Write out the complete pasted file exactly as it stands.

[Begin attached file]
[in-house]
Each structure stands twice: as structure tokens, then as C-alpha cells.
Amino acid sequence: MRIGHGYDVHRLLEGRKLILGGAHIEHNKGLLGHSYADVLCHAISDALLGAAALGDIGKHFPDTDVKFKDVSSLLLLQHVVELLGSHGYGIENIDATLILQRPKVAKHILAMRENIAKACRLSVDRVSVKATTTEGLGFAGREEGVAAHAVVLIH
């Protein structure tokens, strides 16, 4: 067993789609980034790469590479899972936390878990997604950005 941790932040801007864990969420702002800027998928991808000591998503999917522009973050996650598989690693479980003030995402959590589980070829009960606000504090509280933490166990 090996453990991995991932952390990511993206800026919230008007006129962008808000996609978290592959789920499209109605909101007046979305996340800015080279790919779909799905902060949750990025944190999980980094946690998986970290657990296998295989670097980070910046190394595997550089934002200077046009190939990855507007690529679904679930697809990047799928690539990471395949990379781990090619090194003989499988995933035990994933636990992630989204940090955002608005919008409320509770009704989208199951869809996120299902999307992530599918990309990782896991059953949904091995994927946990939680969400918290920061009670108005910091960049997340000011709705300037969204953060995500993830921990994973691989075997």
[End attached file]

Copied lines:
[in-house]
Each structure stands twice: as structure tokens, then as C-alpha cells.
Amino acid sequence: MRIGHGYDVHRLLEGRKLILGGAHIEHNKGLLGHSYADVLCHAISDALLGAAALGDIGKHFPDTDVKFKDVSSLLLLQHVVELLGSHGYGIENIDATLILQRPKVAKHILAMRENIAKACRLSVDRVSVKATTTEGLGFAGREEGVAAHAVVLIH
């Protein structure tokens, strides 16, 4: 067993789609980034790469590479899972936390878990997604950005 941790932040801007864990969420702002800027998928991808000591998503999917522009973050996650598989690693479980003030995402959590589980070829009960606000504090509280933490166990 090996453990991995991932952390990511993206800026919230008007006129962008808000996609978290592959789920499209109605909101007046979305996340800015080279790919779909799905902060949750990025944190999980980094946690998986970290657990296998295989670097980070910046190394595997550089934002200077046009190939990855507007690529679904679930697809990047799928690539990471395949990379781990090619090194003989499988995933035990994933636990992630989204940090955002608005919008409320509770009704989208199951869809996120299902999307992530599918990309990782896991059953949904091995994927946990939680969400918290920061009670108005910091960049997340000011709705300037969204953060995500993830921990994973691989075997």